Wild meets The Breakfast Club in this story of a girl who must survive an extreme wilderness experience to prove to her mother that she has the strength to pursue her dreams.
Ingrid traveled all over Europe with her opera star mother, Margot-Sophia. Life was beautiful and bright, and every day soared with music.
Ingrid is on a summertime wilderness survival trek for at-risk teens: addicts, runaways, and her. Sh
e’s fighting to survive crushing humiliations, physical challenges that push her to her limits, and mind games that threaten to break her.
When the curtain fell on Margot-Sophia’s singing career, they buried the past and settled into a small, painfully normal life. But Ingrid longed to let the music soar again. She wanted it so much that, for a while, nothing else mattered.
Ingrid is never going to make it through this summer if she can’t figure out why she’s here . . . and why the music really stopped.
I listened to Everything Beautiful is Not Ruined on audiobook and the narrator, Phoebe Strole was incredible! She really brought the story to life with her emotional voice acting, I felt like she enhanced my enjoyment of the book just that little bit more.
Danielle’s writing was exceptional, it was beautiful, hilarious and heartbreaking. The writing amplified story, articulating it flawlessly. There were some amazing, introspective passages that were really eyeopening, that I thought deeply about. Ingrid’s letters to her Mum were a nice touch to the story, which I loved, especially because journaling is one of my favourite hobbies. The alternation between the past and the present was enjoyable, each one ending in a slight cliff hanger, propelling me to continuing reading the story.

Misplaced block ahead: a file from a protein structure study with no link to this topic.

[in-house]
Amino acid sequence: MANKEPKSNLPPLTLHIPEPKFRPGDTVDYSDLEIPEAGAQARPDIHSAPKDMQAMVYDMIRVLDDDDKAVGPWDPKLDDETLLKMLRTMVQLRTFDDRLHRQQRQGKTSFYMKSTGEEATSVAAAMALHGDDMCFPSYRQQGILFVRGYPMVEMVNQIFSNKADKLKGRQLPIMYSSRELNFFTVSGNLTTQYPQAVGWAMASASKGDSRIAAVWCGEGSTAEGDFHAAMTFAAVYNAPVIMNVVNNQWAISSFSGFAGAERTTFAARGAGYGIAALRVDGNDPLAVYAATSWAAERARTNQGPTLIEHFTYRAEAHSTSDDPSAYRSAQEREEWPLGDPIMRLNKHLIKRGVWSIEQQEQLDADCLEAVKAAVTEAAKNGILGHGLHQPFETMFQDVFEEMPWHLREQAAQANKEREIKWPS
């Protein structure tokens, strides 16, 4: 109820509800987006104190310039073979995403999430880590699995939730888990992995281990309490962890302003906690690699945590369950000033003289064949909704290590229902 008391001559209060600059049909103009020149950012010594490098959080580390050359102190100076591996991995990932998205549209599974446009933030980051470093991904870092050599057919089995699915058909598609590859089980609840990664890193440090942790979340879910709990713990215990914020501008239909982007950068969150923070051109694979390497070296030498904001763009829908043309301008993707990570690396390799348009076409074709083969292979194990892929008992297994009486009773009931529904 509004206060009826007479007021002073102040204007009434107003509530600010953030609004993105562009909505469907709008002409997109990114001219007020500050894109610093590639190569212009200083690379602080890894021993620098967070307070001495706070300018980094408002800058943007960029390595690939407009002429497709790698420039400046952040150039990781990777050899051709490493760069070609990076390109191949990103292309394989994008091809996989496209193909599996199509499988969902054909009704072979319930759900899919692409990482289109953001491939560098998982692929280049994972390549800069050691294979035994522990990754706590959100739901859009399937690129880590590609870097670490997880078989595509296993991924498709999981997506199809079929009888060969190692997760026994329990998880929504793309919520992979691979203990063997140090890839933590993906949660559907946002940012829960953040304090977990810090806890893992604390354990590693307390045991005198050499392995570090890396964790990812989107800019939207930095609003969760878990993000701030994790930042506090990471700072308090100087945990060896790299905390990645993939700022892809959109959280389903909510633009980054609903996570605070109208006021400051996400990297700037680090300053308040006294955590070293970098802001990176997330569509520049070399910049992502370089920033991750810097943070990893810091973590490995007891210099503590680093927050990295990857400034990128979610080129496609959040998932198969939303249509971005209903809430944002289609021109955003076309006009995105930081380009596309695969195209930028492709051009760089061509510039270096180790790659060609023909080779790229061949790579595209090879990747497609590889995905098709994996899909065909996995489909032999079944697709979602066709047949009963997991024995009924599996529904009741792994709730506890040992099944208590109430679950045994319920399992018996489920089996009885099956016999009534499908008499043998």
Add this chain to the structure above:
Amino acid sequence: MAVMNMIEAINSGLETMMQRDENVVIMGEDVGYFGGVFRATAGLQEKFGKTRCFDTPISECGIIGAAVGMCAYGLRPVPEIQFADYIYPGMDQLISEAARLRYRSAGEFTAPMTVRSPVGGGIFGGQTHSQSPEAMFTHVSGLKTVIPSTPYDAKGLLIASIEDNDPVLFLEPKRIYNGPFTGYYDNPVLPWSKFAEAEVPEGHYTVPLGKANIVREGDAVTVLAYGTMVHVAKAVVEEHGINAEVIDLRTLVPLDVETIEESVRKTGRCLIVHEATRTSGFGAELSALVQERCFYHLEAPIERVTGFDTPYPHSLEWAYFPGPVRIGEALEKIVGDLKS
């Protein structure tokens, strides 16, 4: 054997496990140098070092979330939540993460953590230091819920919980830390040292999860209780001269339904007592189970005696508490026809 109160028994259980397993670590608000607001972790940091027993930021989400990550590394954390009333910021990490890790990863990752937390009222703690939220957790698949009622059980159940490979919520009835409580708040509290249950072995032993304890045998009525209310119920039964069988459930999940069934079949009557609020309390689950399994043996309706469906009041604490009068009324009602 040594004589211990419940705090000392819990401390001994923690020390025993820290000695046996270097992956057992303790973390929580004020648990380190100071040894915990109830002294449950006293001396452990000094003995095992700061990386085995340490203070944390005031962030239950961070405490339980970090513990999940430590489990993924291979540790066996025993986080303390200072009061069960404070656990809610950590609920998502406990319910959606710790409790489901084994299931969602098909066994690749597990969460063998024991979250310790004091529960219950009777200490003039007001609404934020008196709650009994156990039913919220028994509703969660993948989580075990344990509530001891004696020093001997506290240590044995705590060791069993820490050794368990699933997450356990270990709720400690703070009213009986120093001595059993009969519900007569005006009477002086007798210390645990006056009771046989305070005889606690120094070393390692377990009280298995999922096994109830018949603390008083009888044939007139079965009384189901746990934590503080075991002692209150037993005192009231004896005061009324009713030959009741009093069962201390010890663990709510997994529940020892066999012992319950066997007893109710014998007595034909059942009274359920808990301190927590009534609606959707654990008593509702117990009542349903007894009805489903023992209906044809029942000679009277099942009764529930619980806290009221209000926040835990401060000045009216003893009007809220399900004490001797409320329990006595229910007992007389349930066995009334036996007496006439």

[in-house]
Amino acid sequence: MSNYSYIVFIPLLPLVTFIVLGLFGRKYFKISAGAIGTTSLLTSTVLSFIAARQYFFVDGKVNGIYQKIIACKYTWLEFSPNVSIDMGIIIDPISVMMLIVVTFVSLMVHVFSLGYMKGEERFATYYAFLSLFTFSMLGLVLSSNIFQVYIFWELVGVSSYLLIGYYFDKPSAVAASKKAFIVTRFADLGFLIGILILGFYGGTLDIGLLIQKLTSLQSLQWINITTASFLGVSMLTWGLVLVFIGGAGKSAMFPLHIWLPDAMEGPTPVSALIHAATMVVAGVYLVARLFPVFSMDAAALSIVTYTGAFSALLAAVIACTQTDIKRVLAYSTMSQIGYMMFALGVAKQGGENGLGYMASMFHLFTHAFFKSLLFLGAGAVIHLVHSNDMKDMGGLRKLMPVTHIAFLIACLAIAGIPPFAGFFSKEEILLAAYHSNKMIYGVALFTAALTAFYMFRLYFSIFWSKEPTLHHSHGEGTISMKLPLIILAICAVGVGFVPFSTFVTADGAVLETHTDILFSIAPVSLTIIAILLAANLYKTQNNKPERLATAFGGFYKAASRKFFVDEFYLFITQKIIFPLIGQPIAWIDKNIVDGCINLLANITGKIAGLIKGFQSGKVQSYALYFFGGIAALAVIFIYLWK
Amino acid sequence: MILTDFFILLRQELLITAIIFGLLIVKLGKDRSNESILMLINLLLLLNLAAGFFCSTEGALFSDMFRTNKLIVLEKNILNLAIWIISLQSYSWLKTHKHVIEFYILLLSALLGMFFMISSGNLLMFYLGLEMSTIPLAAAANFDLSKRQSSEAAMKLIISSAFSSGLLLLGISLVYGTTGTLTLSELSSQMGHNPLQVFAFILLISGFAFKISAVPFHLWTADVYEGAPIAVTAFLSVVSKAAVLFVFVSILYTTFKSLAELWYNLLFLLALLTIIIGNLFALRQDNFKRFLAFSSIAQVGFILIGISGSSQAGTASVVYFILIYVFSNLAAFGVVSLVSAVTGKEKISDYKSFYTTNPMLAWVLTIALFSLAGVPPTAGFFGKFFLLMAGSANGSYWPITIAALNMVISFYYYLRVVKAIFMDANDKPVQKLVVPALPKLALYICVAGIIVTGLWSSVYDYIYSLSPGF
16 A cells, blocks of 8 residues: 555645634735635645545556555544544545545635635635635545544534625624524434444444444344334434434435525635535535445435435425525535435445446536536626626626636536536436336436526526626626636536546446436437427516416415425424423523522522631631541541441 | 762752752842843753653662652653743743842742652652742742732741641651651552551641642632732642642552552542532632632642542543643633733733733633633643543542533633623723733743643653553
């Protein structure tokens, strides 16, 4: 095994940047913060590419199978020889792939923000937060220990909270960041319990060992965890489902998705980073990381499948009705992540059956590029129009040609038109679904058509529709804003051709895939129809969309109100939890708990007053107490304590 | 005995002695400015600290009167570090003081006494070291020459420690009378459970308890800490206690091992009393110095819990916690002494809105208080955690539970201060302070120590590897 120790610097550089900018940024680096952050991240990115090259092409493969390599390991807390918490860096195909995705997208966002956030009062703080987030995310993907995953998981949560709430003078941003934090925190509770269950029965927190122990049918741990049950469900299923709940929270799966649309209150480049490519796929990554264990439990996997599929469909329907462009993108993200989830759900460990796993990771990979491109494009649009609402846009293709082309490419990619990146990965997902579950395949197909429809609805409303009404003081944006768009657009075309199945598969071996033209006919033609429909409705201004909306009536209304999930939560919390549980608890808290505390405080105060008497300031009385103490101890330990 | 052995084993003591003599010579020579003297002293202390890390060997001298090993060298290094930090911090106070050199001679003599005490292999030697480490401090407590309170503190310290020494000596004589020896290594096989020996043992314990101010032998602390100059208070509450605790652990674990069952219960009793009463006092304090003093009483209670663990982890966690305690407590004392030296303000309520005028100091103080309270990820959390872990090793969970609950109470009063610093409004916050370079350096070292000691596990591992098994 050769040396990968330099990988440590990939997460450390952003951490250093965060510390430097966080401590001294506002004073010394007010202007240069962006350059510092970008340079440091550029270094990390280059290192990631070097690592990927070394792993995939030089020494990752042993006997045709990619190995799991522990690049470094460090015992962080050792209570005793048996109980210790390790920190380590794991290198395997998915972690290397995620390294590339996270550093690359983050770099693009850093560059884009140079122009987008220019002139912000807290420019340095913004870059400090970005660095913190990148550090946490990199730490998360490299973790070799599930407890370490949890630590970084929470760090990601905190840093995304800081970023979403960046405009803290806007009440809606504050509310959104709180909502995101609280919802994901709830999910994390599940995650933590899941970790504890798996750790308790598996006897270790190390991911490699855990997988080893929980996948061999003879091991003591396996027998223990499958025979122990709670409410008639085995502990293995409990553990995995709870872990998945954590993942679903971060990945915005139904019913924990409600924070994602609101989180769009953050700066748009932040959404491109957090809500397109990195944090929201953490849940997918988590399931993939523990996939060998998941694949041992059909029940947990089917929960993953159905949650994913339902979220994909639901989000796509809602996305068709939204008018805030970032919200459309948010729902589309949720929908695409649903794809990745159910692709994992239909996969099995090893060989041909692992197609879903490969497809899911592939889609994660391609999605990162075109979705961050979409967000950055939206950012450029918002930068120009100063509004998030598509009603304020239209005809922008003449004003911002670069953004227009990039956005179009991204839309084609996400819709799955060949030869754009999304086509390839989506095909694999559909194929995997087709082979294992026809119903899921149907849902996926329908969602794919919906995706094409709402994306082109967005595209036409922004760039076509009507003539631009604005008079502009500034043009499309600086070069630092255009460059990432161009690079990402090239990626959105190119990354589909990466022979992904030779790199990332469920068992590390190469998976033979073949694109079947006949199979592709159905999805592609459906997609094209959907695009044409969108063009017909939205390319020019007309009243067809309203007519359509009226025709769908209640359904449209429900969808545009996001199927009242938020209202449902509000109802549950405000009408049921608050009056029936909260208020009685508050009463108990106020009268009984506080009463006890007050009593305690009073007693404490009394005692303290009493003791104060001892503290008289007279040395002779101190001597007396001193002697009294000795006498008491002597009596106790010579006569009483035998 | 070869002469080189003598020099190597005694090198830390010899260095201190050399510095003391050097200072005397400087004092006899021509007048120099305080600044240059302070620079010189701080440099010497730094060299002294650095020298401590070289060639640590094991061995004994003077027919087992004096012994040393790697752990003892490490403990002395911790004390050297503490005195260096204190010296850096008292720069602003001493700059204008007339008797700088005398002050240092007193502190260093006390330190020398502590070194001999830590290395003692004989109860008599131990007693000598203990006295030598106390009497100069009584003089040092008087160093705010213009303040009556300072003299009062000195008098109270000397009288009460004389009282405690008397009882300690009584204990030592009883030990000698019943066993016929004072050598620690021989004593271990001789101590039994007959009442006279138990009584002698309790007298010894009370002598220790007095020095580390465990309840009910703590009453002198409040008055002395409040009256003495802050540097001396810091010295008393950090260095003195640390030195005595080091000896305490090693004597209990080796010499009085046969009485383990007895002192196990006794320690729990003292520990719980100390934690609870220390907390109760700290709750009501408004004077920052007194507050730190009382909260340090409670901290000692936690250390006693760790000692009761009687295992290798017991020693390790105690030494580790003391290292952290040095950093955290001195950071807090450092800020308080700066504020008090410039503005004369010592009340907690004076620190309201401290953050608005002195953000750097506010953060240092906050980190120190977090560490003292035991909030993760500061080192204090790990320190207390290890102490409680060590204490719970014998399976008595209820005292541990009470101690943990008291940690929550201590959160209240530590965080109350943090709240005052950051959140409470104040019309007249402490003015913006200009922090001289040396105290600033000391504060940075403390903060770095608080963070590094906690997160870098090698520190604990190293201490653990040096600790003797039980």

The wilderness setting of this book was unique and refreshing. I can’t say I’ve read many books set in the harsh outdoors, let alone a camp. I could relate to the brutality of it as I’ve endured similar camps to that of Ingrid’s. Carrying all that you brought with you in heavy packs, sleeping under tarps, cooking your own meals, all without little or no guidance by camp leaders. I really empathised with Ingrid and her experiences, because I can tell you, it was pure hell at times.
The main character, Ingrid, holds a special place in my heart. She was an incredible character, and had everything I look for in a female protagonist. She was exceedingly intelligent and intuitive, as well as abundantly humorous and witty. Some of her remarks made me laugh out loud, they were that hilarious! She is equally strong minded as she is strong willed and is never afraid to speak her mind. And Ingrid’s transformation throughout the novel is immense, from being afraid to use a drop toilet to being a bad ass wilderness gal, it was amazing! All in all, Ingrid was strikingly real and very much a solid person and character. The other characters were also enjoyable, with a great cast of relatable and diverse people. The only thing I will say is that I didn’t feel connected or attached to any of them, none of them felt overly special to me, nor did they leave an imprint on my heart.
Overall, Everything Beautiful is Not Ruined is a remarkable story of the incredible journey of a teenage girl. It was wonderful, however it didn’t pull at my heart strings and leave me aching for more when I finished it, like a 5 star book would. But I still highly recommend it!